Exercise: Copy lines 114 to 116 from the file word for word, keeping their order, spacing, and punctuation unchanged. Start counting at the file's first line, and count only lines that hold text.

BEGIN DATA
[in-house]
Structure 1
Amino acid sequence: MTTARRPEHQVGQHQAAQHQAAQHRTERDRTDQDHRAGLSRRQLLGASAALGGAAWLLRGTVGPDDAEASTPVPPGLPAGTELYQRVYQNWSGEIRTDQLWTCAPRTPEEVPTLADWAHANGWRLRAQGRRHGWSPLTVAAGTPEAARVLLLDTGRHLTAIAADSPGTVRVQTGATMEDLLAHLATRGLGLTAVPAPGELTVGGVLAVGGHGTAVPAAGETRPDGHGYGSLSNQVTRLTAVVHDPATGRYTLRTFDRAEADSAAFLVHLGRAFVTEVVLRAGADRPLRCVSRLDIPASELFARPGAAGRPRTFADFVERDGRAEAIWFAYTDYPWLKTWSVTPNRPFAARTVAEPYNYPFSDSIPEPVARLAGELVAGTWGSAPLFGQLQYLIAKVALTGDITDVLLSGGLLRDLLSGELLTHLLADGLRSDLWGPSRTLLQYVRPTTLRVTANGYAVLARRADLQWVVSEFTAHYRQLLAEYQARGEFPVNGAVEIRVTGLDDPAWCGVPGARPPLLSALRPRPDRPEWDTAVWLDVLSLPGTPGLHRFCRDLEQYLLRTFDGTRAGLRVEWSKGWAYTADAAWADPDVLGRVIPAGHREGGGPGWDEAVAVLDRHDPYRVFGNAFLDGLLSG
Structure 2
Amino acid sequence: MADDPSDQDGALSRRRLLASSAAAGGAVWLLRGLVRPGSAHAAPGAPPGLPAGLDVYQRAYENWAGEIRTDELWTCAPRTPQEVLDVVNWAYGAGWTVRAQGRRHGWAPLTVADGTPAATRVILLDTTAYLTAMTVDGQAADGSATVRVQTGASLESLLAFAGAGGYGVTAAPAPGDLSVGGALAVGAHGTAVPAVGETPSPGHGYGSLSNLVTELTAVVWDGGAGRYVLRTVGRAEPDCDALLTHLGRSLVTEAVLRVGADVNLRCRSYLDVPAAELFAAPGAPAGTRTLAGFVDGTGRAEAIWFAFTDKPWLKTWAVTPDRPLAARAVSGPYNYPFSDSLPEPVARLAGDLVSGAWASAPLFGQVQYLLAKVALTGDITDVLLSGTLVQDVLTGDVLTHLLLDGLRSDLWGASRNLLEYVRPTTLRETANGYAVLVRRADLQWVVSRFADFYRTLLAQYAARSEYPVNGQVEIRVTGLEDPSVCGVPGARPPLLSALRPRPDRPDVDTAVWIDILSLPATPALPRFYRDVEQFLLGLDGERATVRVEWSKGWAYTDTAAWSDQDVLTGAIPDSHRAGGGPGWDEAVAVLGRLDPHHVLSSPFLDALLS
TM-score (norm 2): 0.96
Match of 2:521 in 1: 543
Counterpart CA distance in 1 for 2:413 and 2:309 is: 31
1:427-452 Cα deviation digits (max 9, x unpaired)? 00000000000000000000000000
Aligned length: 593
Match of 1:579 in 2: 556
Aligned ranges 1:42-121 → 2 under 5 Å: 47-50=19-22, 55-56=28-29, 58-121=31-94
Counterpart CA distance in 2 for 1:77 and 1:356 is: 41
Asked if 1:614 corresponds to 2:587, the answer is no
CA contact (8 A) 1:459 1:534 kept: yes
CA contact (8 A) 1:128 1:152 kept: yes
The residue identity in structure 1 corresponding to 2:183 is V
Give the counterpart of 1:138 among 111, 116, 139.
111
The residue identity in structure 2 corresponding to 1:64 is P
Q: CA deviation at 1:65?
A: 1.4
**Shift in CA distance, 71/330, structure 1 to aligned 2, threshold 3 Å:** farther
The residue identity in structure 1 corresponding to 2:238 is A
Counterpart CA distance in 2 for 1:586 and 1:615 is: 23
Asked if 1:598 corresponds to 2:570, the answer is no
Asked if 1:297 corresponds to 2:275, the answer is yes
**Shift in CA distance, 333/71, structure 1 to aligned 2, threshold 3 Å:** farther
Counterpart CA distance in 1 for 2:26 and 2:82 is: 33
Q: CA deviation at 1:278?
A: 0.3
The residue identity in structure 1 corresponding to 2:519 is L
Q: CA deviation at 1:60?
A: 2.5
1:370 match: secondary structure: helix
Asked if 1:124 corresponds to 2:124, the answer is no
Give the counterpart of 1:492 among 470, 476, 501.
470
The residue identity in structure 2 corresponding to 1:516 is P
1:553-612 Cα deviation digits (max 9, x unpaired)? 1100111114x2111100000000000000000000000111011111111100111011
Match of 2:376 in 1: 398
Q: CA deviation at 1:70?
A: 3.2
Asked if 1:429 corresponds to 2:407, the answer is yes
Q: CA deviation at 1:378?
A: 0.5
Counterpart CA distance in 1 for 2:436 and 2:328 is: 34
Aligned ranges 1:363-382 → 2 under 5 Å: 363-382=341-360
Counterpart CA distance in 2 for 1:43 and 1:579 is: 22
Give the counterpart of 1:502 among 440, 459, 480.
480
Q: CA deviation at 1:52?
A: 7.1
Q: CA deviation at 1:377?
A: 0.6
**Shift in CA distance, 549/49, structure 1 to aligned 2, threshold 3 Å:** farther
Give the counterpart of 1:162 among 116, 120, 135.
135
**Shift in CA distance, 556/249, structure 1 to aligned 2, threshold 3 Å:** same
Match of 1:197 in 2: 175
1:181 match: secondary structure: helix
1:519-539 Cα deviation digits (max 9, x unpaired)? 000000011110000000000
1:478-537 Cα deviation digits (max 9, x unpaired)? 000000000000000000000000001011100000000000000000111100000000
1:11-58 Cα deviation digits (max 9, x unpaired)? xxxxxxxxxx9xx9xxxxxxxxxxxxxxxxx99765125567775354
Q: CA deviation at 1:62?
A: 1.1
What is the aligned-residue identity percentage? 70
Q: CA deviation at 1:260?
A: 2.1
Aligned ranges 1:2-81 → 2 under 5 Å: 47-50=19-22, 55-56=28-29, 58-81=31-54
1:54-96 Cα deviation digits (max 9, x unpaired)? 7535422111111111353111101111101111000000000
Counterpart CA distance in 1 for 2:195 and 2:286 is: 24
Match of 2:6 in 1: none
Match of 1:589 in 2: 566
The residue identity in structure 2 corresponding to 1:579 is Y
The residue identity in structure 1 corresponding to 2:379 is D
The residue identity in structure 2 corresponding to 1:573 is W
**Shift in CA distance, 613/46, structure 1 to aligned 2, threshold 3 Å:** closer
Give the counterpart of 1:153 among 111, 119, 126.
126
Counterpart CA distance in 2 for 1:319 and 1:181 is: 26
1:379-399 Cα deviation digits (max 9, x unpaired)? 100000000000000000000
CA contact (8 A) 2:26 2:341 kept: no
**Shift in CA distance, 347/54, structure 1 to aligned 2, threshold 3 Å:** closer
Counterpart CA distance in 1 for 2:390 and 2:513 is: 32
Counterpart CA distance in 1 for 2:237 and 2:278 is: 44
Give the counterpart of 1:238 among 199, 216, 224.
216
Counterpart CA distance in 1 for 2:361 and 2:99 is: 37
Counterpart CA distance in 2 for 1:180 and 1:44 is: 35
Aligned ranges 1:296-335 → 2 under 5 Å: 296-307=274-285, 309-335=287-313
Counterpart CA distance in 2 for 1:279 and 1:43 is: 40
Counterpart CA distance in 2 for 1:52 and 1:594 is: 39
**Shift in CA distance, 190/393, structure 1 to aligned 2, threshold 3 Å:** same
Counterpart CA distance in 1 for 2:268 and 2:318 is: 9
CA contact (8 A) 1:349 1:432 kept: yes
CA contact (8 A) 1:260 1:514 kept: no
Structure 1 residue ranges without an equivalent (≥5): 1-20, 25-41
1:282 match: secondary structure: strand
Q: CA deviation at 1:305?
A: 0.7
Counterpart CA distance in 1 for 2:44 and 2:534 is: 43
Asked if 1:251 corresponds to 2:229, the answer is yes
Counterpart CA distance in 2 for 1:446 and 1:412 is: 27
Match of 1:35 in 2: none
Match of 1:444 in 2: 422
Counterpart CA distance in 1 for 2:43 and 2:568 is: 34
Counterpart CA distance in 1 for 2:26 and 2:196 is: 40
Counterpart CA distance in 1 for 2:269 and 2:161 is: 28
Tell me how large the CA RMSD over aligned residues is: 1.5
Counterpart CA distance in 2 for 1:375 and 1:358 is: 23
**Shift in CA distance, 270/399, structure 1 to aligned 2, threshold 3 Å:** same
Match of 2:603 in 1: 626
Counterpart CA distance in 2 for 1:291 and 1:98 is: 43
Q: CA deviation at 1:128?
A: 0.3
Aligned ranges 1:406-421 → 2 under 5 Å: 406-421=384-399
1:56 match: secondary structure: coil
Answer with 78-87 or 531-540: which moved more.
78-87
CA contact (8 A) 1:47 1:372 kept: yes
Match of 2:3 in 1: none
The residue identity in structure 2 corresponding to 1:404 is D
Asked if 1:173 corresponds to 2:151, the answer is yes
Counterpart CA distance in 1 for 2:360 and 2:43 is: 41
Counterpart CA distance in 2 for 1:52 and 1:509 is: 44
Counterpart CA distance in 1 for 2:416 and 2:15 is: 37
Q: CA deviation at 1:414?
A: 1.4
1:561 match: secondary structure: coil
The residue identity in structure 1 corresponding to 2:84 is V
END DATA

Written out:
Counterpart CA distance in 2 for 1:291 and 1:98 is: 43
Q: CA deviation at 1:128?
A: 0.3